- B. J. Stoll, N. I. Hansen, R. D. Higgins et al., “Very low birth weight preterm infants with early onset neonatal sepsis: the predominance of Gram-negative infections continues in the National Institute of Child Health and Human Development Neonatal Research Network, 2002-2003,” Pediatric Infectious Disease Journal, vol. 24, no. 7, pp. 635–639, 2005.
- M. R. Battin, J. Penrice, T. R. Gunn, and A. J. Gunn, “Treatment of term infants with head cooling and mild systemic hypothermia ( and ) after perinatal asphyxia,” Pediatrics, vol. 111, no. 2, pp. 244–251, 2003.
- M. J. Bell, J. L. Ternberg, R. D. Feigin et al., “Neonatal necrotizing enterocolitis: therapeutic decisions based upon clinical staging,” Annals of Surgery, vol. 187, no. 1, pp. 1–7, 1978.
- A. Rønnestad, G. Tore, A. M. Sverre et al., “Septicemia in the first week of life in a Norwegian national cohort of extremely premature infants,” Pediatrics, vol. 115, no. 3, pp. e262–e268, 2005.
- M. E. Hickman, M. A. Rench, P. Ferrieri, and C. J. Baker, “Changing epidemiology of group B streptococcal colonization,” Pediatrics, vol. 104, no. 2 I, pp. 203–209, 1999.
- A. Costa, H. Guimaraes, A. Souto et al., “Sepsis in new-borns with very low birth weight,” Acta Medica Portuguesa, vol. 9, no. 10–12, pp. 331–334, 1996.
- M. Khashu, H. Osiovich, D. Henry, A. Al Khotani, A. Solimano, and D. P. Speert, “Persistent bacteremia and severe thrombocytopenia caused by coagulase-negative Staphylococcus in a neonatal intensive care unit,” Pediatrics, vol. 117, no. 2, pp. 340–348, 2006.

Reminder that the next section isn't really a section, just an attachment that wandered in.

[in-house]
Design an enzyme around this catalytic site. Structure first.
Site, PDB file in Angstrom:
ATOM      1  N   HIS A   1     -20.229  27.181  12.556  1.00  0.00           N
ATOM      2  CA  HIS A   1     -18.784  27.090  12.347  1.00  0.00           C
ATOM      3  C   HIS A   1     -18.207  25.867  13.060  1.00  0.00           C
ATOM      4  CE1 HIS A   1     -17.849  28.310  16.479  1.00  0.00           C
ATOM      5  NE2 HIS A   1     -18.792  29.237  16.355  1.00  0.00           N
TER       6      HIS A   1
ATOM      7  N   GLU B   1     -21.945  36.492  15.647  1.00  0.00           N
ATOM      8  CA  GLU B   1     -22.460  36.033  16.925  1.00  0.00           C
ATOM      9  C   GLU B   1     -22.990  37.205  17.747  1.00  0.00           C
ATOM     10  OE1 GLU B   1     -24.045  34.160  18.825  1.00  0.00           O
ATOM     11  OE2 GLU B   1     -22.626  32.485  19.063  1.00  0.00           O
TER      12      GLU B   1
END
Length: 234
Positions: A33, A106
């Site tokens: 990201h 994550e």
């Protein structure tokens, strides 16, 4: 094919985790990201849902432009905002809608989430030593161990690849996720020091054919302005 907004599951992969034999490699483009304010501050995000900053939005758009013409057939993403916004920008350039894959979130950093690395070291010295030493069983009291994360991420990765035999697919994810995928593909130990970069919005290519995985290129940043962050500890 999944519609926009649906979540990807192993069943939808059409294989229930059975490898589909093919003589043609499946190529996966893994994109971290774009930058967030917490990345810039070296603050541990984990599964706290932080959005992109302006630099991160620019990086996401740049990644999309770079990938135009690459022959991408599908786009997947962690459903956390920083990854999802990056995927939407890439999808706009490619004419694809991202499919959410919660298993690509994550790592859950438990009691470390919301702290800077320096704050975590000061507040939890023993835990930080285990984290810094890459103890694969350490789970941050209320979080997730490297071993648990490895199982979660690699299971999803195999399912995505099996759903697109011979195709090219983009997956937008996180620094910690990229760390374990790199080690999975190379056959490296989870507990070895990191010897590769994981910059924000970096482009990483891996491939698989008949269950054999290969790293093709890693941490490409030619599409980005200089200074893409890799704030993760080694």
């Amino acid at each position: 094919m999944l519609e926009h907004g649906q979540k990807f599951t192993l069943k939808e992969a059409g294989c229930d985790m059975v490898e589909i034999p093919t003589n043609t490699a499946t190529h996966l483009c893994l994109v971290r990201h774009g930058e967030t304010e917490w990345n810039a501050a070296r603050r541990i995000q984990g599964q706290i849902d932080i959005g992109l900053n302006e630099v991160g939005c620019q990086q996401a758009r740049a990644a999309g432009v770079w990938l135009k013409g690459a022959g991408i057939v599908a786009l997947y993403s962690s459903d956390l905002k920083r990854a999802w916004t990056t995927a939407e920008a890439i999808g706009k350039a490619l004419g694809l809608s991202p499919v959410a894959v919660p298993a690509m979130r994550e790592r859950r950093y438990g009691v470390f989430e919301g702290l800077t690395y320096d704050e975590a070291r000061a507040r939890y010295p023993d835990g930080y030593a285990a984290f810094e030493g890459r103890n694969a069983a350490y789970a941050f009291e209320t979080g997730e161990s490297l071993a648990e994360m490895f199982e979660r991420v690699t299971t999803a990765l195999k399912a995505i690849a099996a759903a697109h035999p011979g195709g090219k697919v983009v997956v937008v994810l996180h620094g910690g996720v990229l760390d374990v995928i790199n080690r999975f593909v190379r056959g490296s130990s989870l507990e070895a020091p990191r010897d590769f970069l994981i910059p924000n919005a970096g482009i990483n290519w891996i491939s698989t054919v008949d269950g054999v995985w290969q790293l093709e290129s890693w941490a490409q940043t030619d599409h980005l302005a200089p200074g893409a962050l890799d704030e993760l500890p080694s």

- S. Sarkar, I. Bhagat, S. Hieber, and S. M. Donn, “Can neutrophil responses in very low birth weight infants predict the organisms responsible for late-onset bacterial or fungal sepsis?” Journal of Perinatology, vol. 26, no. 8, pp. 501–505, 2006.
- C. Richards, J. Alonso-Echanove, Y. Caicedo, and W. R. Jarvis, “Klebsiella pneumoniae bloodstream infections among neonates in a high-risk nursery in Cali, Colombia,” Infection Control and Hospital Epidemiology, vol. 25, no. 3, pp. 221–225, 2004.
- O. Flidel-Rimon, S. Friedman, E. Lev, A. Juster-Reicher, M. Amitay, and E. S. Shinwell, “Early onset enteral feeding and nosocomial sepsis in very low birth weight infants,” Archives of Disease in Childhood, vol. 89, pp. 289–292, 2004.
- B. J. Stoll, N. Hansen, A. A. Fanaroff et al., “Late-onset sepsis in very low birth weight neonates: the experience of the NICHD Neonatal Research Network,” Pediatrics, vol. 110, no. 2, pp. 285–291, 2002.
Copyright © 2009 Sylvia Maria Porto Pereira et al. This is an open access article distributed under the Creative Commons Attribution License, which permits unrestricted use, distribution, and reproduction in any medium, provided the original work is properly cited.